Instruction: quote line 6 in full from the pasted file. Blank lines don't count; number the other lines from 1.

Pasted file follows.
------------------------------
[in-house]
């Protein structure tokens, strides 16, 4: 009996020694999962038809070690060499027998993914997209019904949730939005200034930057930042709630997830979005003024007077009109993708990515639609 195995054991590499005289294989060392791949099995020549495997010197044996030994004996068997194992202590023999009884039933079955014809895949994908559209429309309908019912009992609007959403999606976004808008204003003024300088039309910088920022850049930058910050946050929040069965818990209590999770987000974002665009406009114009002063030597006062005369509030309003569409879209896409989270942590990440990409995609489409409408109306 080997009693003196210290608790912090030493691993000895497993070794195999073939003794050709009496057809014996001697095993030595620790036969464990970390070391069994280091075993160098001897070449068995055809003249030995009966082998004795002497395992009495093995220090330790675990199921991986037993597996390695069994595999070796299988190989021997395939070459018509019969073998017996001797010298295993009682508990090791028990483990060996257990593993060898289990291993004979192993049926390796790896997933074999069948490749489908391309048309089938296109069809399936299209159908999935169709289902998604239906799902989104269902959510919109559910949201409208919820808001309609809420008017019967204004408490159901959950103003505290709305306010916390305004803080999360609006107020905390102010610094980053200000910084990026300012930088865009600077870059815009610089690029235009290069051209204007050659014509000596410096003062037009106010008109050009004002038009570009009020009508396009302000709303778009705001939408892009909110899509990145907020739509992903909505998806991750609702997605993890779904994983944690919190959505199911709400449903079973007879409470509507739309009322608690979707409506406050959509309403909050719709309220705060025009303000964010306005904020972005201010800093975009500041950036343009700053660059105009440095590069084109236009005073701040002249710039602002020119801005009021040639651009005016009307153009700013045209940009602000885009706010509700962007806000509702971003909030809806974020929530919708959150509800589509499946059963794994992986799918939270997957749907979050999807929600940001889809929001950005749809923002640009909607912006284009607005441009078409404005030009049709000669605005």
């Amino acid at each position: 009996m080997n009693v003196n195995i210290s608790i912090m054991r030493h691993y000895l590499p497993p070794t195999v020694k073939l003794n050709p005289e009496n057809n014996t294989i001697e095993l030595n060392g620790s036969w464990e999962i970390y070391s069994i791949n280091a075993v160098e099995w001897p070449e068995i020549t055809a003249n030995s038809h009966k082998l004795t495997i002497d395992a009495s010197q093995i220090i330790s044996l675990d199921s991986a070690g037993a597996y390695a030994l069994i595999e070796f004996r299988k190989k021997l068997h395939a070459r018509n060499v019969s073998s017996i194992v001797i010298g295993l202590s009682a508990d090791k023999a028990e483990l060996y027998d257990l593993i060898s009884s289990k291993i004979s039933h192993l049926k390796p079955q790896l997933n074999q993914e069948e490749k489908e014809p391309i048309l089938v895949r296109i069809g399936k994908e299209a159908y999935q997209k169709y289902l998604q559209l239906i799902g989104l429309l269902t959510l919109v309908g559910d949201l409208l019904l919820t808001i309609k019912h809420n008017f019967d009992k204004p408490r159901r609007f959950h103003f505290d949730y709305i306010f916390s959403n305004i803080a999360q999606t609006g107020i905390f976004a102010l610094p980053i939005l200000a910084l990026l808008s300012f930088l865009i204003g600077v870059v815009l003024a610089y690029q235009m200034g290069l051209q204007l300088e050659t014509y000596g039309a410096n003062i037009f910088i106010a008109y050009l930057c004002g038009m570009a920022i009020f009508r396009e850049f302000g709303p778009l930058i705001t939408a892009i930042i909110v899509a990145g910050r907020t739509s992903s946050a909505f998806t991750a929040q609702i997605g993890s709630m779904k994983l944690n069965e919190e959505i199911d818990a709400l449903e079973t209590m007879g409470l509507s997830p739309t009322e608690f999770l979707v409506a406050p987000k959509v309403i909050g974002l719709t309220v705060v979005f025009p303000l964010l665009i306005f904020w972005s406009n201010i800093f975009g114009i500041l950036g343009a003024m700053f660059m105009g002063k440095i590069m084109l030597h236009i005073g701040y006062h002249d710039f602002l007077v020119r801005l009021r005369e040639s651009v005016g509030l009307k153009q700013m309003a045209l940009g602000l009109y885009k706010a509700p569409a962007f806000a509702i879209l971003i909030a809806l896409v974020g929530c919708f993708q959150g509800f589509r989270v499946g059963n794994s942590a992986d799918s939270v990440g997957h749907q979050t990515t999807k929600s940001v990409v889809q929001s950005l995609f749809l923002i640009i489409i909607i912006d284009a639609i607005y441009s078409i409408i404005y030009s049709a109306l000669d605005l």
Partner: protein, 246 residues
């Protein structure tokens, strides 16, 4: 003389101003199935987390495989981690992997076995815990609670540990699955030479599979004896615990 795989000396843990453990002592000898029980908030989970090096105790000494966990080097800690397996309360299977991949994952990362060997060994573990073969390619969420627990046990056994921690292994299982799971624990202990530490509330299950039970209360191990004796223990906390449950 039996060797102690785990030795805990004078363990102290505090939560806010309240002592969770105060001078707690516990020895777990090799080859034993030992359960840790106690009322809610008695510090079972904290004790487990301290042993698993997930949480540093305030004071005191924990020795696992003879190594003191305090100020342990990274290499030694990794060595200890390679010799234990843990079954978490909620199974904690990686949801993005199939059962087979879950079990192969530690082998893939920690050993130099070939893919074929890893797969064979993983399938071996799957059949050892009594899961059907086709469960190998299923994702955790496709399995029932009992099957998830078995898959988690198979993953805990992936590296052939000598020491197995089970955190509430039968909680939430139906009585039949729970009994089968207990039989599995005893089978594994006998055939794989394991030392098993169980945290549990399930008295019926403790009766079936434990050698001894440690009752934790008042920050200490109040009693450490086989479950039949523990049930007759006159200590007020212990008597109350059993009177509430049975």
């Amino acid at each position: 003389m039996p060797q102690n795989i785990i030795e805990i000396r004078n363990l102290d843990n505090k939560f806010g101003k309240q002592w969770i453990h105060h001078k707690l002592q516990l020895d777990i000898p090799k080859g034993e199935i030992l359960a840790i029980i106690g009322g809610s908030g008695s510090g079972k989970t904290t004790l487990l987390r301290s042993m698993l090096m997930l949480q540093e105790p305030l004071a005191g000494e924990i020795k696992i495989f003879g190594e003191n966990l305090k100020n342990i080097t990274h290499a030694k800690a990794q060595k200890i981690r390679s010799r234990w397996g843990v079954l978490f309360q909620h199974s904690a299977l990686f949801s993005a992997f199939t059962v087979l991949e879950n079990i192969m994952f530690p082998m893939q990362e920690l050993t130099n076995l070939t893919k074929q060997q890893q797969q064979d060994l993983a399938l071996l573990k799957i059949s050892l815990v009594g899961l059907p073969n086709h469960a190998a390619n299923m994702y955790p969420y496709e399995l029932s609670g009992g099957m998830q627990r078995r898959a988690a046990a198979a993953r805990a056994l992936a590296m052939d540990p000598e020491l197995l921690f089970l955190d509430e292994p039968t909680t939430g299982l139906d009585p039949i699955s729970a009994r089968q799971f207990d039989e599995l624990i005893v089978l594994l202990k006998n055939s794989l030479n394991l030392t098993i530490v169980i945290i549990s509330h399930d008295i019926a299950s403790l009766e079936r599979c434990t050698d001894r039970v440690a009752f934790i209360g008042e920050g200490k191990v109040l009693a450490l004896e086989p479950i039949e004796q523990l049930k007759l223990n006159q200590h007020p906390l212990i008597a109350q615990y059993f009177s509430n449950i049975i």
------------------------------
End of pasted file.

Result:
């Amino acid at each position: 003389m039996p060797q102690n795989i785990i030795e805990i000396r004078n363990l102290d843990n505090k939560f806010g101003k309240q002592w969770i453990h105060h001078k707690l002592q516990l020895d777990i000898p090799k080859g034993e199935i030992l359960a840790i029980i106690g009322g809610s908030g008695s510090g079972k989970t904290t004790l487990l987390r301290s042993m698993l090096m997930l949480q540093e105790p305030l004071a005191g000494e924990i020795k696992i495989f003879g190594e003191n966990l305090k100020n342990i080097t990274h290499a030694k800690a990794q060595k200890i981690r390679s010799r234990w397996g843990v079954l978490f309360q909620h199974s904690a299977l990686f949801s993005a992997f199939t059962v087979l991949e879950n079990i192969m994952f530690p082998m893939q990362e920690l050993t130099n076995l070939t893919k074929q060997q890893q797969q064979d060994l993983a399938l071996l573990k799957i059949s050892l815990v009594g899961l059907p073969n086709h469960a190998a390619n299923m994702y955790p969420y496709e399995l029932s609670g009992g099957m998830q627990r078995r898959a988690a046990a198979a993953r805990a056994l992936a590296m052939d540990p000598e020491l197995l921690f089970l955190d509430e292994p039968t909680t939430g299982l139906d009585p039949i699955s729970a009994r089968q799971f207990d039989e599995l624990i005893v089978l594994l202990k006998n055939s794989l030479n394991l030392t098993i530490v169980i945290i549990s509330h399930d008295i019926a299950s403790l009766e079936r599979c434990t050698d001894r039970v440690a009752f934790i209360g008042e920050g200490k191990v109040l009693a450490l004896e086989p479950i039949e004796q523990l049930k007759l223990n006159q200590h007020p906390l212990i008597a109350q615990y059993f009177s509430n449950i049975i």